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The Lebrecht Weekly


Visit every week to read Norman Lebrecht's latest column. [Index]

Kurt Sanderling - At last, a maestro departs with dignity

By Norman Lebrecht / January 3, 2002

NEW YEAR is a time for beginnings; it is also an apt moment for closure. The eminent conductor Kurt Sanderling has decided to lay down his baton. After 70 years on the podium, he is entitled to early retirement and a bask among the gold discs on his wall. Musicians are rueing his departure, while admiring its dignified restraint.

Sanderling, who turns 90 in September, is the last conductor to have experienced the symphonies of Dmitri Shostakovich in the raw. Having fled Hitler's Germany for Stalin's paradise, he befriended the composer in wartime Siberia, where the Eighth Symphony was premiered. Sanderling was selective about the symphonies he liked, never bothering much, for instance, with the widely-performed Seventh. But no man has given more performances of the wintry, thinly-scored 15th Symphony, and always from a manuscript with the composer's handwritten markings.

Contrary to the current academic fad for regarding Shostakovich as a cowed Soviet citizen, Sanderling avows that the "dominant theme of his life" was anti-Stalinism. He endorsed the authenticity of Solomon Volkov's disputed memoir of the composer and his interpretations are enriched by the ambivalences of survival in a terror state.

Sanderling was too fastidious a man to capitalise on his intimacy with genius in a blether of press interviews. His memories of Shostakovich were heard only in rehearsal, to illustrate a musical allusion. They will never be consigned to paper, more's the pity.

Returning to Berlin in 1960, he formed behind the Wall an ensemble to rival Karajan's Philharmonic. His Western career began in London in 1970 and flourished with the Philharmonia, whose recent seasons he opened with the pianist Mitsuko Uchida. Many orchestras will lament his exit. Simon Rattle phoned up, imploring him to preside over a Berlin Philharmonic tribute in September, offering to conduct half the concert himself.

Sanderling, however, stood firm. He wants to be remembered at his best, he said, not as a frail old man or museum piece. His stance is commendable. Most conductors carry on beating until they drop, usually to the detriment of music and their own posterity. Many who remember Karajan or Karl Bohm only in their dotage, dozing off in mid-symphony, struggle to picture them in their pomp. The fault is theirs, not ours: they should have checked out, like Sanderling, still erect and alert. All else is pathos.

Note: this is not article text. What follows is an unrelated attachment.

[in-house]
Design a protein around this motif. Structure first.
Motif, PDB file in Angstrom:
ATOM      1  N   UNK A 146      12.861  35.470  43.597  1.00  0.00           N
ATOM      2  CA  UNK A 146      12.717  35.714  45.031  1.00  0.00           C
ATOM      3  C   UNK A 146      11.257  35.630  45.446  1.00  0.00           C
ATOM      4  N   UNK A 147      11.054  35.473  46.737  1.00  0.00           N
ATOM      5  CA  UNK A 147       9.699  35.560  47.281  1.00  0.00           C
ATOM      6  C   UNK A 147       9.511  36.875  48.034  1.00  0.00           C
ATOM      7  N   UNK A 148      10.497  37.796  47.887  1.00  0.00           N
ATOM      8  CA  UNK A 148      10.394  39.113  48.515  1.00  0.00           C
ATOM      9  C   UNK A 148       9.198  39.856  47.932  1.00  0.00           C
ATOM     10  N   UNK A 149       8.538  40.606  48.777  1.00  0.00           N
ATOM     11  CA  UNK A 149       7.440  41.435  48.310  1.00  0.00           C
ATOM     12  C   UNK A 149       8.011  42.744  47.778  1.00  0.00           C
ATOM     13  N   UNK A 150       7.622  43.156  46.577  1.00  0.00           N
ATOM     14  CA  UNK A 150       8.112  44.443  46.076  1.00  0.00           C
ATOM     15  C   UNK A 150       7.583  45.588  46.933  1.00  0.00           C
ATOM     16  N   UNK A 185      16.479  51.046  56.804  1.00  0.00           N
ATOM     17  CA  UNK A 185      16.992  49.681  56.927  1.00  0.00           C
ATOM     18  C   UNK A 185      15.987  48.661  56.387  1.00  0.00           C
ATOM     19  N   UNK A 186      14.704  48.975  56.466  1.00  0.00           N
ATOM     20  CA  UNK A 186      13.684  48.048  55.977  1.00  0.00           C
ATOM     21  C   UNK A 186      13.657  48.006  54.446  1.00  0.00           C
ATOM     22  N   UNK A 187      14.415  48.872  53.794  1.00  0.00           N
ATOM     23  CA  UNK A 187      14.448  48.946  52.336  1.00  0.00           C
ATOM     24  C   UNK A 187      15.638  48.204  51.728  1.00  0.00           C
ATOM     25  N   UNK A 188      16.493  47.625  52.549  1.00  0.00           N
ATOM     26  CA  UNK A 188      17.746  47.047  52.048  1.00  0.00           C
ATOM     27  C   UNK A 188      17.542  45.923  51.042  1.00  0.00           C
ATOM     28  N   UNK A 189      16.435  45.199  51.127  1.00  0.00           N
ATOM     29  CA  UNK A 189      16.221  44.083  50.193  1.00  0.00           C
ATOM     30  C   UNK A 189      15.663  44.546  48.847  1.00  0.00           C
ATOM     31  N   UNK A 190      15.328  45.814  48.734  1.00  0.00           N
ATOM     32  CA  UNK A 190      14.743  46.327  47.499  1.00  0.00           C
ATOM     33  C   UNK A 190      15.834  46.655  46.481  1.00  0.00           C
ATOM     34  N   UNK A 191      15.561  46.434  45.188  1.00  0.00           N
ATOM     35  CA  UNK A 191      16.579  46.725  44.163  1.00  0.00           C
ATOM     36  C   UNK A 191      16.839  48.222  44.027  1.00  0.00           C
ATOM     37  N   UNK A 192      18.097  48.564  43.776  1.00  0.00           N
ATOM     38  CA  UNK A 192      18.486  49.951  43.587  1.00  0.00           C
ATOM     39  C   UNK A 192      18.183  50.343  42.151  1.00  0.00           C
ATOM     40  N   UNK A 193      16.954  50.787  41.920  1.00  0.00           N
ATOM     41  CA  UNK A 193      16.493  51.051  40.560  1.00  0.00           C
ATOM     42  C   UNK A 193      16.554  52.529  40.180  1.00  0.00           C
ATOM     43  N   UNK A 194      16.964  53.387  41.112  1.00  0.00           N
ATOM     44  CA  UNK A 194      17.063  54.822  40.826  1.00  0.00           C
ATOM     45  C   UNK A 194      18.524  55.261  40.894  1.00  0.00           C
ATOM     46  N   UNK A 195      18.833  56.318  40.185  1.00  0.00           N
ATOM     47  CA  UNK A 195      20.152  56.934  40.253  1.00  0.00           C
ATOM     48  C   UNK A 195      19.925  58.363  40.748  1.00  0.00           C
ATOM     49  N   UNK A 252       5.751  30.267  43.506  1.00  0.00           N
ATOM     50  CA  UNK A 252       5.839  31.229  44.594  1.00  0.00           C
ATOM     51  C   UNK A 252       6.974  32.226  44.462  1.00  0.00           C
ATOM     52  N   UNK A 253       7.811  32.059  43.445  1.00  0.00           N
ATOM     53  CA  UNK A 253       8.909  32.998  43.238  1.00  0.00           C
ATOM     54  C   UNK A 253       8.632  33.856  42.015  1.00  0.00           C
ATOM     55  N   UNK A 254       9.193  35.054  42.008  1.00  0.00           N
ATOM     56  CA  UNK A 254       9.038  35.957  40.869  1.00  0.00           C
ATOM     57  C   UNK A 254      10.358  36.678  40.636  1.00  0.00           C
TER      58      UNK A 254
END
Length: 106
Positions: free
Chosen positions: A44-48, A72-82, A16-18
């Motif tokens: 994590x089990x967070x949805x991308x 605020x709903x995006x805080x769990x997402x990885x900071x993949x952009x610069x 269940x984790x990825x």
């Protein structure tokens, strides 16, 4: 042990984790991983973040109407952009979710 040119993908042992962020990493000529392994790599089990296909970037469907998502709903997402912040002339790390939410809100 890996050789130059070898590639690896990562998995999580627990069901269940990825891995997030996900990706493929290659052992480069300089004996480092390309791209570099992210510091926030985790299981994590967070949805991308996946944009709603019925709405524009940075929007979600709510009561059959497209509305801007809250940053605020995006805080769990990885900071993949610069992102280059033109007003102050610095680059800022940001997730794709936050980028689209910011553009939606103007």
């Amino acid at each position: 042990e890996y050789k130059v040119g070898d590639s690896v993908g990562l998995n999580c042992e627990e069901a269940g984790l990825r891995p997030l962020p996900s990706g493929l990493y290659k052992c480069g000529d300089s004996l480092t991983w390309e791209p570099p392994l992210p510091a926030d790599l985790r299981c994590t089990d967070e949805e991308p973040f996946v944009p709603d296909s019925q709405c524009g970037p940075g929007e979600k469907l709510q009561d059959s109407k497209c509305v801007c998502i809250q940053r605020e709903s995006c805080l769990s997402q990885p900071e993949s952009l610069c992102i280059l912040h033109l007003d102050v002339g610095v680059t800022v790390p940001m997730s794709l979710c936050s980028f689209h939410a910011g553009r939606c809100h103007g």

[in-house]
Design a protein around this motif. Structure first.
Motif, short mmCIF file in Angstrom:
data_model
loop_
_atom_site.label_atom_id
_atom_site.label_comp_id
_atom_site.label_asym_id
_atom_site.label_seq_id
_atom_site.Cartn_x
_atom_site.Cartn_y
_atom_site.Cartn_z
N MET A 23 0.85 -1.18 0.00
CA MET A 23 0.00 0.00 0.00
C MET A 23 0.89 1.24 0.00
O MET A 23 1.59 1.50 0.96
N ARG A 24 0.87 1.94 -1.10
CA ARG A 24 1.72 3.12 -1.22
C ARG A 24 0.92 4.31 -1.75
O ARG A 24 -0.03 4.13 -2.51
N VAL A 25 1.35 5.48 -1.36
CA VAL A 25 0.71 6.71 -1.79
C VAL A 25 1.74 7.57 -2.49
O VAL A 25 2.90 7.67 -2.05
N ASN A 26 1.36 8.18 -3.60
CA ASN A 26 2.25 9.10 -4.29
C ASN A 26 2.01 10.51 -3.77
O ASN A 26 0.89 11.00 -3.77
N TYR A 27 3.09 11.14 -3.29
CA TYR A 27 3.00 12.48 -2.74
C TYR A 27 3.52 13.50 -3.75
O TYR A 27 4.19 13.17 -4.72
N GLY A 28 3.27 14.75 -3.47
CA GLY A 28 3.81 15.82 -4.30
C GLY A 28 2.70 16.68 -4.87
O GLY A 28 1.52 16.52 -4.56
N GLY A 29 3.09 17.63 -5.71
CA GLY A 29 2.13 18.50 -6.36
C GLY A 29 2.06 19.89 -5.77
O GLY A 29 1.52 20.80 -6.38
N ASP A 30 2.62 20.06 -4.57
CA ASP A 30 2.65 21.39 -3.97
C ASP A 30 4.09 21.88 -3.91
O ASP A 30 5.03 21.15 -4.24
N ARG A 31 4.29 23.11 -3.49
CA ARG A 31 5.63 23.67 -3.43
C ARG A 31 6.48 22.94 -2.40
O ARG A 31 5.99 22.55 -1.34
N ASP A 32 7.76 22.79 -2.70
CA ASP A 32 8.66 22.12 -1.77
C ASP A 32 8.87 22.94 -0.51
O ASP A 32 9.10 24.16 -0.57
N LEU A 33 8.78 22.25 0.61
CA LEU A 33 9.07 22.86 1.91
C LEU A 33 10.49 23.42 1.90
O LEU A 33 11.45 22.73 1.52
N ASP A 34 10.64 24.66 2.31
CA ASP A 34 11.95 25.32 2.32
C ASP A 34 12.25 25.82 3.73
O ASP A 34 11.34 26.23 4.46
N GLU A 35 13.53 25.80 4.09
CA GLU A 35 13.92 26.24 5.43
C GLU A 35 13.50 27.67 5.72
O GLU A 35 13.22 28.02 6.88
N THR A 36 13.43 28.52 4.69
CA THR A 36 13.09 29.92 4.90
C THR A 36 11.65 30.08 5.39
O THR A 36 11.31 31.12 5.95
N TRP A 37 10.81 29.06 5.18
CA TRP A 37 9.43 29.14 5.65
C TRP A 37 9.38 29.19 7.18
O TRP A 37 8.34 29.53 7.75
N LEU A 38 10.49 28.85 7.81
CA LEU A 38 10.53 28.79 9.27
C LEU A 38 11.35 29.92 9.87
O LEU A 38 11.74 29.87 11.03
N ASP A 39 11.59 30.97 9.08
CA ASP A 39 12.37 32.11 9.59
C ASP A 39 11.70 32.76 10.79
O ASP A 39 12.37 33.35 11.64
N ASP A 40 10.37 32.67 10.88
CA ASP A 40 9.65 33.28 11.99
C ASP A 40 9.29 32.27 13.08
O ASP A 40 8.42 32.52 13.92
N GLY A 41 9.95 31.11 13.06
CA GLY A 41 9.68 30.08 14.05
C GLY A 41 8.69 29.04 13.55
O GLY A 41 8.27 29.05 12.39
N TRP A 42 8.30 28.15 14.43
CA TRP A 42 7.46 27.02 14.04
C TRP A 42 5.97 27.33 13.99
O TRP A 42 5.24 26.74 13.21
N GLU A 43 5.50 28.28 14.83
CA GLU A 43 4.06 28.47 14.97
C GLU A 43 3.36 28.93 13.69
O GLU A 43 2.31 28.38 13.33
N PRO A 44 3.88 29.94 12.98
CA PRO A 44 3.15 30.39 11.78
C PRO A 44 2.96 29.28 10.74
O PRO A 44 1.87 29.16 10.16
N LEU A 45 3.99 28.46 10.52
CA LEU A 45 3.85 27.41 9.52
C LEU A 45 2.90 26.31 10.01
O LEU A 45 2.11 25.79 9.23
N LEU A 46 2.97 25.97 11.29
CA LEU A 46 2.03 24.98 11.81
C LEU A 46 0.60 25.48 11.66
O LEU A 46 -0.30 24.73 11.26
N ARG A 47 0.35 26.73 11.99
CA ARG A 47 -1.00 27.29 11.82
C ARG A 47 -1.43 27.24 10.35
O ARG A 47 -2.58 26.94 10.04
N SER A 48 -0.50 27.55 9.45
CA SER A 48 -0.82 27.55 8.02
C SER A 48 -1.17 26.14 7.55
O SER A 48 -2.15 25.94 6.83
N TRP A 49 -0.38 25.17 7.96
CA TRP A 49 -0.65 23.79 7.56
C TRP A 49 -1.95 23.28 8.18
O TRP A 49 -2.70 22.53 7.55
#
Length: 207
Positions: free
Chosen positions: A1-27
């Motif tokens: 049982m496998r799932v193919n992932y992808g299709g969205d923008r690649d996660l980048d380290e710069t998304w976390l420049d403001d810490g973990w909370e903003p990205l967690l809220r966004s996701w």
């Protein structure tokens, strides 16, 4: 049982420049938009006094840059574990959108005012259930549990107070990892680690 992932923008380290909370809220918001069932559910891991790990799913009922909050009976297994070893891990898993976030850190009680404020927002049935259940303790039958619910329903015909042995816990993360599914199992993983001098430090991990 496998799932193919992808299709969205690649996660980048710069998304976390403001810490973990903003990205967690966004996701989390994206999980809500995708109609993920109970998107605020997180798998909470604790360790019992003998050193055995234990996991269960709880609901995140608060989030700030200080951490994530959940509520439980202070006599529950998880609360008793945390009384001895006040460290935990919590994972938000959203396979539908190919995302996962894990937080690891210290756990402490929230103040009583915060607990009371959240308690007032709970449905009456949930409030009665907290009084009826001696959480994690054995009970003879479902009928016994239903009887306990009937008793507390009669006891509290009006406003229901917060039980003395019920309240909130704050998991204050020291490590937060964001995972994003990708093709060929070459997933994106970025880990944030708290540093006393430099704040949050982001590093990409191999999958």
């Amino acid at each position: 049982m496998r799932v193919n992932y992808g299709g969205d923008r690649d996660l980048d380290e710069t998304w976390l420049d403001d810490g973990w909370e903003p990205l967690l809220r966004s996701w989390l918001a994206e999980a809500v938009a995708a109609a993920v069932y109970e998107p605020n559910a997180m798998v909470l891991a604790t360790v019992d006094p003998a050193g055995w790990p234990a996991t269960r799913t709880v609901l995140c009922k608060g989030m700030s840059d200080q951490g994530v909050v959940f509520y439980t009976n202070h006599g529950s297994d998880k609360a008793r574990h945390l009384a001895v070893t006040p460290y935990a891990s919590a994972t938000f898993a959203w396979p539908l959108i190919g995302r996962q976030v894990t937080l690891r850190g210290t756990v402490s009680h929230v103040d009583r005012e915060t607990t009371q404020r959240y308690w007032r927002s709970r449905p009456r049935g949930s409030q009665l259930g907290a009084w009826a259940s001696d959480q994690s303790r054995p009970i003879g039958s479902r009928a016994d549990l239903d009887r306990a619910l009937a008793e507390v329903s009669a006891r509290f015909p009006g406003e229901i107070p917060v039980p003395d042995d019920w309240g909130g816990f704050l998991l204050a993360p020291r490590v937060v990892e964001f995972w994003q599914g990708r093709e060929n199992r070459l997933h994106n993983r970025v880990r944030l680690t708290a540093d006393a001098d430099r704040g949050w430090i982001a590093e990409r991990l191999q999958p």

Conductors are by no means the worst hangers-on. Arthur Rubinstein played truckloads of wrong notes in his eighties and Isaac Stern made many squirm in his years of decline.

Singers are the last to know when to go. Montserrat Caballe, at 68, is playing one of the young wives of Henry VIII in Saint-Saens's best-forgotten opera in Barcelona this month. Kiri Te Kanawa, who announced her retirement in this newspaper more than two years ago, was still on tour just before Christmas.

Mick Jagger was taken aback when his latest album, aiming for a quarter-million sales, managed just 700 in release week. Having kept fit, changed birds, gone on Parky and done all the glad-handing things a rocker does to storm the charts, the passing of his sell-by date must have been a chastening moment. Francis Albert Sinatra staggered on until the sour end, leaving generations of young women wondering what their grannies had ever seen in those old blue cataracts. Frank could keep any time but his own.

There are, of course, exceptions who bloom in the evening of life. The Buena Vista Social Club of Havana and the Russian maestro-maker Ilya Musin had been frozen alive by political oppression. The near-octogenarian Ivry Gitlis, who plays in a Taneyev festival next week at the Wigmore Hall, suffered from music-biz prejudices.

There are also living testimonies whose very survival on stage is morally valuable. I would not have missed seeing Pablo Casals, at 90-plus, seated and half-slumped, directing one of his own cantatas with little more than a beady eye and a beam of grace. Whatever his frailty, the force of personality was felt by everyone in the auditorium - his triumph over Franco's tyranny.

For every Casals, however, there are 10 Stokowskis stumbling through a haze of lost memory; for every Callas, who quit early but past perfection, there are a dozen Caballes and Kiris setting out on "one last tour" without a twitch of self-criticism.

I have sympathy for musical stragglers. Many fear to quit because they have nothing to fall back on - few friends beyond the green-room door, no intellectual interests, no interior life. Kurt Sanderling lacks these constraints. A reflective man with a well-stocked private library and warm family, he can enjoy his nineties in the glow of a reading lamp, knowing that his work is done, his status secure.

Visit every week to read Norman Lebrecht's latest column. [Index]



(c) La Scena Musicale 2001